Ice wedge casts that formed due to thawing of ice wedges are significant signs of past warm periods in Arctic periglacial regions. Such permafrost degradation structures are numerous and very well exposed on both coasts of the Dmitry Laptev Strait, which connects the Laptev Sea with the East Siberian Sea between the southern island of the New Siberian Archipelago (Bolshoy Lyakhovsky Island) and the mainland (Oyogos Yar coast). Cryolithological, sedimentological and palaeo-ecological features were studied in order to obtain detailed records of interglacial permafrost, landscape and climate dynamics in the Northeast Siberian Arctic.The lithostratigraphical structure of Eemian sections on both coasts show similar patterns of two facial different horizons. The lowermost sequences of consists of thawed and subsequently refrozen (so-called taberal) deposits, accumulated in pre-Eemian times and underwent thawing in lake taliks during the Eemian Interglacial when thermokarst processes led to the formation of lakes and thawed deposits below thelakes. The sedimentological and cryolithological features of the pre-Eemian taberal horizons show single whitish laminations which are interpreted as thaw signs, numerous small dark-grey spots representing strongly decomposed organic matter, and a massive cryostructure. Pollen records reveal relatively high amounts of reworked ancient(mineralised) coniferous pollen, whereas ostracod remains are absent. The refreezing of the taberal horizons took place in post-Eemian time and the deposits remained frozen until today. Taberal deposits are covered by the Eemian lacustrine sequence that formed due to warmer conditions during the Interglacial when thermokarst lakes occurred. Under such conditions pre-Eemian ice wedges thawed; at their positions small thermokarst lake basins formed and lacustrine sediments began to accumulate. Distinctive features of the lacustrine sediments are the alternating beds of finely laminated brownish plant detritus and grey sandy silt layers. Synsedimentary slumping structures were additionally observed there.The Eemian pollen records from both coasts show similarities reflecting comparable vegetation. The main difference is the absence of Larix at the northern location. The northern tree line was located along the Dmitry Laptev Strait during the Middle Eemian. High numbers of Glomus spores indicate significant surface disturbance. High number of Artemisia and the presence of herb pollen taxa show that open plant associations werecommon. Numerous spores of dung-inhabiting fungi point to the presence of grazing mammals. Climate conditions in the Eemian were warmer than today in northern Yakutia. According to pollen-based quantitative climate reconstruction the mean air temperatures of the warmest month (MTWA) vary from 7.8 to 9.6 °C for the Eemian thermal optimum (modern MTWA at Bolshoy Lyakhovsky Island: 2.8 °C). Using Eemian plant macrofossil records an open subarctic shrub tundra dominated by Duschekia (Alnus) fruticosa, Betula nana and Ledum palustre and interspersed with lakes and grasslands existed and a MTWA of about 12.5 °C was reconstructed.. Late Eemian pollen records indicate gradual climate deterioration toward to the early Weichselian.The occurrence of numerous well-preserved ostracod remains as well as numerous mollusc shells in the lacustrine horizons points to stable aquatic conditions due to extensive thawing of pre-Eemian ice-rich deposits and the widespread occurrence of thermokarst lakes caused by generally warmer climate conditions. The Eemian ostracodassemblages are dominated by species which tolerate the considerable changes in temperature and salinity regimes that are typical of modern habitats like thermokarst lakes and polygon ponds in the periglacial landscapes of East Siberia.The Eemian lacustrine deposits are discordantly covered by thick Ice Complex deposits of Weichselian age.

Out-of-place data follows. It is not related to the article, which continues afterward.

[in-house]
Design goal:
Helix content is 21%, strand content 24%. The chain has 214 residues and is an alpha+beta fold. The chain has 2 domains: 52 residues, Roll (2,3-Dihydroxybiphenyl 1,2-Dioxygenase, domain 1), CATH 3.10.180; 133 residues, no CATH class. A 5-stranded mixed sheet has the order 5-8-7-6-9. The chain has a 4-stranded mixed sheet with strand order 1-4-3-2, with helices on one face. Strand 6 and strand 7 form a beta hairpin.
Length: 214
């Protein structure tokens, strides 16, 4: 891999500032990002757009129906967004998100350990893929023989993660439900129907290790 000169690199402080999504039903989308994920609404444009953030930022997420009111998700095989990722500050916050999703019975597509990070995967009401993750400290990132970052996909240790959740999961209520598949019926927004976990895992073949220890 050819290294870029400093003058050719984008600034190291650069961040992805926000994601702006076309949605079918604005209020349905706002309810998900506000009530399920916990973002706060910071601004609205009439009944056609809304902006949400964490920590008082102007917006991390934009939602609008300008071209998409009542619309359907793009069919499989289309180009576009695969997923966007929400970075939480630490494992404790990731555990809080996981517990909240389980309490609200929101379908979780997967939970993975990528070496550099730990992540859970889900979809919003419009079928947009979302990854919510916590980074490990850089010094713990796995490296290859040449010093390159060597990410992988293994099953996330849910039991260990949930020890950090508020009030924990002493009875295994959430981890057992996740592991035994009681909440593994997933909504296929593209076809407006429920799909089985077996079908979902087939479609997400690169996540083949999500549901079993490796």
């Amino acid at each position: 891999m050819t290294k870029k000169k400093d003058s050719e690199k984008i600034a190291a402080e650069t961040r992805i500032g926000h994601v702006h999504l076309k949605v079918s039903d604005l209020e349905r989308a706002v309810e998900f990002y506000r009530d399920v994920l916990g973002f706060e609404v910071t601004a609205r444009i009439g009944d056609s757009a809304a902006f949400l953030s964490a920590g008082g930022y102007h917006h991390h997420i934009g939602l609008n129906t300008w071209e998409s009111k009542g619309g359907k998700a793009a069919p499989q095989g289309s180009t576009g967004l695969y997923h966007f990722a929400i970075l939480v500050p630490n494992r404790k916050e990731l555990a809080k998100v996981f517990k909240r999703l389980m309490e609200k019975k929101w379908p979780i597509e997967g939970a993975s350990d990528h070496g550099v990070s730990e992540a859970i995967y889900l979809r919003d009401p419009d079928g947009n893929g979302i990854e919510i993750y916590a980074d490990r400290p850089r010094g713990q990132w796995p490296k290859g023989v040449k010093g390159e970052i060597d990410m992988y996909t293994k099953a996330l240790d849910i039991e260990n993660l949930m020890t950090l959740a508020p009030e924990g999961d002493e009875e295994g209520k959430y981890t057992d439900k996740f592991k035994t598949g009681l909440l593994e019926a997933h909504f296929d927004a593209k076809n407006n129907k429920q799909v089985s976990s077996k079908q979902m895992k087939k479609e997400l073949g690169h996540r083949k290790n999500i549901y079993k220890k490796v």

Helmholtz Research Programs > PACES I (2009-2013) > TOPIC 3: Lessons from the Past > WP 3.1: Past Polar Climate and inter-hemispheric Coupling